I really struggled as a kid. I never felt like I belonged. I felt like everyone else got it, but I didn’t. I happen to not have been destructive, but I was all kinds of oblivious.
It seemed that I was broken or wrong in some way. School just never made sense to me.
I now realize that it wasn’t me that was the problem, I was (and am) a heart centered person trapped in situations that aren’t particularly welcoming to caring, thoughtful, heart centered people. So I felt invisible and not understood…even though there were thoughtful and caring adults around me.
Then, my senior year of high school my dad was diagnosed with a brain tumor. And I woke up.
Nine months later when he died, I woke up some more. And in that time I realized that his death was an amazing gift to me…it gave me permission to feel. It was finally okay to be that heart centered, caring person. It took my dad dying, but that catapulted me into life in a way I had never imagined.
I became curious. I noticed other people weren’t showing up for class, actually most weren’t showing up for life. I started realizing what gigantic opportunities lay at my feet and I started to appreciate them.
However, the cost of this gift felt too high. I spent a lot of years really lonely and hurting, missing my dad…but through it all I somehow knew that my spirit was emerging.
Out of that darkness I realized the importance of my experience and I committed to finding ways to wake up teenagers – those caring, thoughtfull, heart centerd young people – without the painful cost I paid.
I also realized the importance of a guide in those hard lonely times, a guide I never had. Being seen and supported in that place would have saved me tons of grief, pain, sadness, anger, and years.
Since 1989, I have worked with thousands of teens and their families finding ways to wake them up, catapult them into their lives. I have worked in schools, at camps, in day care centers, inside, outside, as a nanny, as a baseball coach, as a life coach, and as a parent to see and understand when kids and parents are in that place and to offer support and guidance.
I have an BA in philosophy focused on death and the gift of life, gotten a Master’s degree from Northwestern University to deepen my understanding of communication as it relates to how people learn and process information, and most recently graduated from an awesome coaching school, Invite Change, where I formalized my decade+ of coaching expertise.
I have always wanted to be a dad and husband. My commitment deepened when over the years of working with families, it became very clear that the kids who were thriving were the ones who had a healthy connections with both parents. I got curious and jumped at the opportunity to be a stay-at-home dad for 4 years, hoping to create a loving connection with my kids.
During their naps, play dates, and mornings at the childcare cooperative, I trained and worked as a coach, and I wrote a book called Launch Your Life: 5 Secrets to knowing what you want in your teens, college years, and early career. As Ezra (10) and Sylvie (8) are now in school, I continue to have dinner at home with my family, mornings in their classrooms, and every moment explorations into the challenging and loving space of being a parent and partner.
Another part of the gift from my dad was beginning to practice yoga. It took me a few years and lots of tears to get started, but I have now been practicing for 20 years. Being the physical/kinesthetic guy that I am, the practice of getting into uncomfortable, scary, and intense yoga poses and learning to be calm (“Breathe! and relax.” my teachers remind) and work through the pain, difficulty, discomfort, has translated into my interaction with families (including my own).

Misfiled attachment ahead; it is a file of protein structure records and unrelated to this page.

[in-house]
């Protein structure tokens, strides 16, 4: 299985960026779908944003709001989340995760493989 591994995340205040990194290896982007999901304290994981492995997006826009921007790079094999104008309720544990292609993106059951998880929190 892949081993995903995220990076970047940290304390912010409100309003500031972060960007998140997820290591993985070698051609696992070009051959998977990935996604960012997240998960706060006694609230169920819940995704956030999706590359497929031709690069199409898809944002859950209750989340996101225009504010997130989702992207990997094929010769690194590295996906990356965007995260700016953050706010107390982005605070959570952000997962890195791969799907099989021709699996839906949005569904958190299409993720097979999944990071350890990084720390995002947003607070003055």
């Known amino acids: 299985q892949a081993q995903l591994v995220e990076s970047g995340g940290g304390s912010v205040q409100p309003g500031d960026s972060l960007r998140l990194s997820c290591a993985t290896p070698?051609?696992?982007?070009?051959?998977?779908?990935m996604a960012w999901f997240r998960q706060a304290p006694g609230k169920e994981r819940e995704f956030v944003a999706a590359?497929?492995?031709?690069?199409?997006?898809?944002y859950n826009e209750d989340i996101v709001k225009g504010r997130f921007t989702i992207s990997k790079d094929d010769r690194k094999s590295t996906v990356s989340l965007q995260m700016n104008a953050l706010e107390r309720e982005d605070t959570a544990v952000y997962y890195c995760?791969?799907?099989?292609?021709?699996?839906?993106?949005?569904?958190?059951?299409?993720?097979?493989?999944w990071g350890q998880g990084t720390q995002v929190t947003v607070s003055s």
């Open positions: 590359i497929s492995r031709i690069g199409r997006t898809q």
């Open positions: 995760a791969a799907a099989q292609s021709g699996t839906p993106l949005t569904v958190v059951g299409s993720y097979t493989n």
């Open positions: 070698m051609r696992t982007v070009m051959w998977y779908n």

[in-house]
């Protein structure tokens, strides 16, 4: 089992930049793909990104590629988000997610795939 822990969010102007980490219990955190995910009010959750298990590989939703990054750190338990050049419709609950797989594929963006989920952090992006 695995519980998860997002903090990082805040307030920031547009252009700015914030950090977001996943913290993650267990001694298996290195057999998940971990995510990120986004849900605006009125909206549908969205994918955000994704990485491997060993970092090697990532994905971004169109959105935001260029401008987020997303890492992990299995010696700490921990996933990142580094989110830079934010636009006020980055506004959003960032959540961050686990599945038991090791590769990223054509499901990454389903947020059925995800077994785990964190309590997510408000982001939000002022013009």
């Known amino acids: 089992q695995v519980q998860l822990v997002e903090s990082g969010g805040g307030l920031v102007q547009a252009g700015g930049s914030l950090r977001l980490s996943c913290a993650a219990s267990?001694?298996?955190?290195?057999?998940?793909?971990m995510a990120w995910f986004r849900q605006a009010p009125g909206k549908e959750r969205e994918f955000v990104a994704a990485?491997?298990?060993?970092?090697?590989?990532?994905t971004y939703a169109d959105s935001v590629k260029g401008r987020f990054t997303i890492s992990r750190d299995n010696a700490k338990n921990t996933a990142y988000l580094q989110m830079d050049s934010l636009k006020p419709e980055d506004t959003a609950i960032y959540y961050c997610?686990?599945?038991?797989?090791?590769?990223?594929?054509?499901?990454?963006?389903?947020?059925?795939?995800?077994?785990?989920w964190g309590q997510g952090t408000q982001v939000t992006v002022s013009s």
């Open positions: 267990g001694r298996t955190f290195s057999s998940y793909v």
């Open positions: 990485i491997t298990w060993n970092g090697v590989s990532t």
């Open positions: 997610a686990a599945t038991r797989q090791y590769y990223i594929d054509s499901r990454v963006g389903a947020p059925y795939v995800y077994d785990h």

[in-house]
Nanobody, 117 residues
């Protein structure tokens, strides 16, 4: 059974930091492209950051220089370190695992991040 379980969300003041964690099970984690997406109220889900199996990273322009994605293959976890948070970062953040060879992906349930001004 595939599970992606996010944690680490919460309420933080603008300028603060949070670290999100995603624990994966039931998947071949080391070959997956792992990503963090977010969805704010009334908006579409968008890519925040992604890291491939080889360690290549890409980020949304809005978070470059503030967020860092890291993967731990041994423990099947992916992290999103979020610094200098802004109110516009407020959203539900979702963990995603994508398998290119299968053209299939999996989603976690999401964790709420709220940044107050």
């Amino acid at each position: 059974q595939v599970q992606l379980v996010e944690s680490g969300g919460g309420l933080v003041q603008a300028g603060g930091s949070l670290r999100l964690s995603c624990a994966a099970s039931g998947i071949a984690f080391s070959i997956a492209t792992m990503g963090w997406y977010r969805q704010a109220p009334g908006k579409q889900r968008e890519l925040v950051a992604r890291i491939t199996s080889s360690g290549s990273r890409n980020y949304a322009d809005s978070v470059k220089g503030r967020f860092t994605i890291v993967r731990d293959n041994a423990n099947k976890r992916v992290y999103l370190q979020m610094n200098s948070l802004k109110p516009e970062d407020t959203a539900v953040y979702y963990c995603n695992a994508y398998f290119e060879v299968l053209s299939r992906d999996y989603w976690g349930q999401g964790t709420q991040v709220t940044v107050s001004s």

I know the power and joy on the other side of the intensity, fear, and difficult challenges. I know what it takes to get there in yoga, but now also in life. I know that we all have the desire to get there, even if we’ve forgotten. My ardent studies of mythology, rites of passage, storytelling, stages of life, along with my deep listening and courage, help me see into and through the struggles of the journey.
Finally, I want to share that I am in the game with you. I work every day to figure out how to deeply love and be loved. I work hard to stay in my integrity. I practice fighting through the voices. I have to work to get on my bike to ride in the rain and honor my commitment to future generations. I’m a master of 3rd grade jokes, which includes having to repeat my jokes to get my family to laugh at them (except, of course, the fart joke, which works every time with 8 & 10 year olds..ready? “Fart.”).
Marcy and I have to remember that we moved to Oregon from Chicago to go hiking, have a garden, and enjoy the beauty of the outdoors. Oh, and I have to repeat my jokes to get my family to laugh at them (except the fart joke, which works every time with 8 & 10 year olds especially if you change your voice inflection…ready? “Faaart”).
My wrestling time with my dad was called the “Claw” (his tickling hand), which I thought would transfer over, but alas, my pillow fights and wrestles with my family are affectionately call “Tummy time”.
I am grateful and honored to do the work that I do and would be honored to work with you.
My best to you and your family. Really. Sincerely.
Please feel free to call, (503) 234-4843, or email me here with any questions, stories, or comments.
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